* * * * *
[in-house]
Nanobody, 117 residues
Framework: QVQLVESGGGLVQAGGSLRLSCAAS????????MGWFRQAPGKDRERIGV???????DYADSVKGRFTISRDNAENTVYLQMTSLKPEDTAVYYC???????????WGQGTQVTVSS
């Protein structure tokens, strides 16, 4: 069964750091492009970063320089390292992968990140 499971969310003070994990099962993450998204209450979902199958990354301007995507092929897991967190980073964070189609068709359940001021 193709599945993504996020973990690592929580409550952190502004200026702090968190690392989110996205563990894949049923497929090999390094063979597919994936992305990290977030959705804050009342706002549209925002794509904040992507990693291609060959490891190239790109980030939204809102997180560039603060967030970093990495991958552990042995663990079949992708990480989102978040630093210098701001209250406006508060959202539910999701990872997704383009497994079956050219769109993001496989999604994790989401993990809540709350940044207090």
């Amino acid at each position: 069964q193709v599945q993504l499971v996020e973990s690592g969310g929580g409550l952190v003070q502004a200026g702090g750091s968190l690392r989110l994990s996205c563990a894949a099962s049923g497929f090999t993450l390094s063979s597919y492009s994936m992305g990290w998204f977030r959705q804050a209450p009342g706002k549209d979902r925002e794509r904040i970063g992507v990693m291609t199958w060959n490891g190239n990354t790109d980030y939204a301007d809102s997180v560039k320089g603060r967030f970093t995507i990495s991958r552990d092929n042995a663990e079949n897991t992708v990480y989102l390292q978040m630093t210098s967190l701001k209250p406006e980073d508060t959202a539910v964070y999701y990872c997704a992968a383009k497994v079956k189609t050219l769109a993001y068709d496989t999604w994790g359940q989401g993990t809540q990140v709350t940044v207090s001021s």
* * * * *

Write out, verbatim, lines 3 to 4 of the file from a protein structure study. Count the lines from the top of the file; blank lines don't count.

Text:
Framework: QVQLVESGGGLVQAGGSLRLSCAAS????????MGWFRQAPGKDRERIGV???????DYADSVKGRFTISRDNAENTVYLQMTSLKPEDTAVYYC???????????WGQGTQVTVSS
């Protein structure tokens, strides 16, 4: 069964750091492009970063320089390292992968990140 499971969310003070994990099962993450998204209450979902199958990354301007995507092929897991967190980073964070189609068709359940001021 193709599945993504996020973990690592929580409550952190502004200026702090968190690392989110996205563990894949049923497929090999390094063979597919994936992305990290977030959705804050009342706002549209925002794509904040992507990693291609060959490891190239790109980030939204809102997180560039603060967030970093990495991958552990042995663990079949992708990480989102978040630093210098701001209250406006508060959202539910999701990872997704383009497994079956050219769109993001496989999604994790989401993990809540709350940044207090």